Could you be a beekeeper?

With urban dwellers setting up hives on their balconies, honey being made far and wide and a whopping 1.9 billion TikTok views for #beekeeping, now might just be the busiest time for starting a buzzy new hobby.

“Urban beekeeping offers people a rewarding chance to connect with nature, and contribute to conserving our pollinator pals in urban settings,” says Amanda John, a professional beekeeper who works closely with Rowse Honey.

There is a lot to learn when it comes to keeping bees. (Alamy/PA)

“This form of beekeeping has become increasingly popular, as the importance of protecting our bees becomes more prevalent.”

But, how do you get started?

Find a place to put them

Retiree Caroline Ingham, 61, from Holmfirth, Yorkshire, has been beekeeping for five years.

“I used to be a volunteer at our local high school on gardening projects. I was offered a short course and we got bees in the school, but it didn’t work out, so I acquired a beehive. They are in my garden and three other ladies come and help me,” she explains.

Hives need a lot of attention. (Alamy/PA)

But, if you don’t have a garden, Ms Ingham says you can put them on roofs and balconies, as long as you seek the right permission and tell your neighbours.

Get kitted out

Many may be put off by the cost and fear of getting stung.

“People generally have a fear of bees; I did when I started,” says Ms Ingham. “Looking at frames of thousands of bees was a bit frightening, but it’s something you get used to, and it becomes so inspirational and enjoyable.

“You need a proper bee suit – full length with gloves and protective footwear, even gum boots,” she continues. “It can be expensive, depending on what lengths you go to and the equipment you acquire. If you join an association, you can find stuff relatively cheaply – and it doesn’t have to be new.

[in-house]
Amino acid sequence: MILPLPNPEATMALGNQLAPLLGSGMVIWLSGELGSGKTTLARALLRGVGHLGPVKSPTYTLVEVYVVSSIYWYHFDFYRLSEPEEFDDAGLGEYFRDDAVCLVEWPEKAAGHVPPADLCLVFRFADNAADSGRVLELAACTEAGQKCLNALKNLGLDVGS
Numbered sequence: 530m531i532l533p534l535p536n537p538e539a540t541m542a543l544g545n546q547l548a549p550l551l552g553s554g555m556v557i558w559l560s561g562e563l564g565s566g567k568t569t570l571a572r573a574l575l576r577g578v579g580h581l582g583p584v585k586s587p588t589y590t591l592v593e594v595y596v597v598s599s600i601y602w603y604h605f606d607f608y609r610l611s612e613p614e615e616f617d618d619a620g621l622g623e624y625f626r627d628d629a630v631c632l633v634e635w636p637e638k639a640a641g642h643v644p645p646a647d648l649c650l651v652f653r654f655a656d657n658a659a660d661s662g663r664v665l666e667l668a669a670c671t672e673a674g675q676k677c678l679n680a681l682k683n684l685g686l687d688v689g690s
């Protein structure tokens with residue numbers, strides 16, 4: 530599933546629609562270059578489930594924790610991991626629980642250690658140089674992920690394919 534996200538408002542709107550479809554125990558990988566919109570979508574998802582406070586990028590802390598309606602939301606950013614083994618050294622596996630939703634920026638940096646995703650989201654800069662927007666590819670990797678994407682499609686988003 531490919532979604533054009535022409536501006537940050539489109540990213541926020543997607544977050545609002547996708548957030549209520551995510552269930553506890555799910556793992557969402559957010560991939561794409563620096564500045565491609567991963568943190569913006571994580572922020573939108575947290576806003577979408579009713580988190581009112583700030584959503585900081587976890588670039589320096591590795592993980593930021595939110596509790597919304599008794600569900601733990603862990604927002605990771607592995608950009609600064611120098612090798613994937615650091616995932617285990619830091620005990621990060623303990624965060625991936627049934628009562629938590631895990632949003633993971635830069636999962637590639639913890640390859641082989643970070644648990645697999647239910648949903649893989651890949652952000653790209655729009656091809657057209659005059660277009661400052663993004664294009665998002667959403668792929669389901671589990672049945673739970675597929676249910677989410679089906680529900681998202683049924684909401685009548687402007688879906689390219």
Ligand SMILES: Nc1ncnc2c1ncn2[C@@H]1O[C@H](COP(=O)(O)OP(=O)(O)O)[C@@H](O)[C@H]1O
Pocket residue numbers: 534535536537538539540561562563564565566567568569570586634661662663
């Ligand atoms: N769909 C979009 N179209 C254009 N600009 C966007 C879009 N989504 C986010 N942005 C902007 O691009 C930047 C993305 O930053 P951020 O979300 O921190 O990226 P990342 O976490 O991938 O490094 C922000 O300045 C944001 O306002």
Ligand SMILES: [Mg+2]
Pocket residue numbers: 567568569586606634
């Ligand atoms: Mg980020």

“If you were to shop online from new, it would cost about $1000. More carefully, it could cost $500.”

But, what about the actual hives?

“Beginners must read Australian beekeeping books and get local information,” Brisbane entomologist Tim Heard says. This includes checking with your local council to see what restrictions they place on beehives.

Of course, a rich source of advice is other beekeepers. Dr Heard recommends reaching out to fellow beekeepers online, or in the flesh at a local beekeeping group.

Associations may be able to help you source items.

The Australian Honey Bee Industry Council (AHBIC) is the national representative body for the honey bee industry.

AHBIC works to protect the long-term economic viability, security and prosperity of the sector and to promote the important links between the honey bee, beekeeping and healthy Australians.

Amateur Beekeepers Australia (ABA) was founded in 1954, to promote beekeeping as a hobby.

Finding bees


View this post on Instagram


A post shared by British Beekeepers (@britishbeekeepers)

So, you have the gear, but where do you get the bees from? Well, associations may be able to help you find someone selling a hive, or someone looking to redirect a swarm.

“This year has been a big year for swarming, but you can pre-empt them (a swarm is a queen leaving the hive and taking some of the bees with her). If you witness the bees making queen cells protruding on the foundation, it will indicate they are not happy, so they are making a new one,” Ms Ingham explains.

What should you be worried about?

“Winter is a bad time to get the bees though – it depends so much on the weather. They don’t come out of the hive until it is about 13 degrees, and in the winter, you may need to insulate them,” says Ms Ingham. “You also have to do treatments for infections they can be prone to, and making sure you do regular inspections of your hives is really important.”

When getting started in urban beekeeping, it is essential to understand the safety and basic knowledge of beekeeping.

“If possible, this means attending beekeeping workshops and connecting with local beekeepers to learn more about bee behaviour, hive management and safety protocols. Understanding these basics is the key to success,” says Ms Ingham.

While it isn’t easy, it is rewarding, for both you and the planet.

Do you think you could be a beekeeper? Let us know why or why not in the comments section below.

Also read: How to help bees all year round

– With PA

- Our Partners -


- Advertisment -
- Advertisment -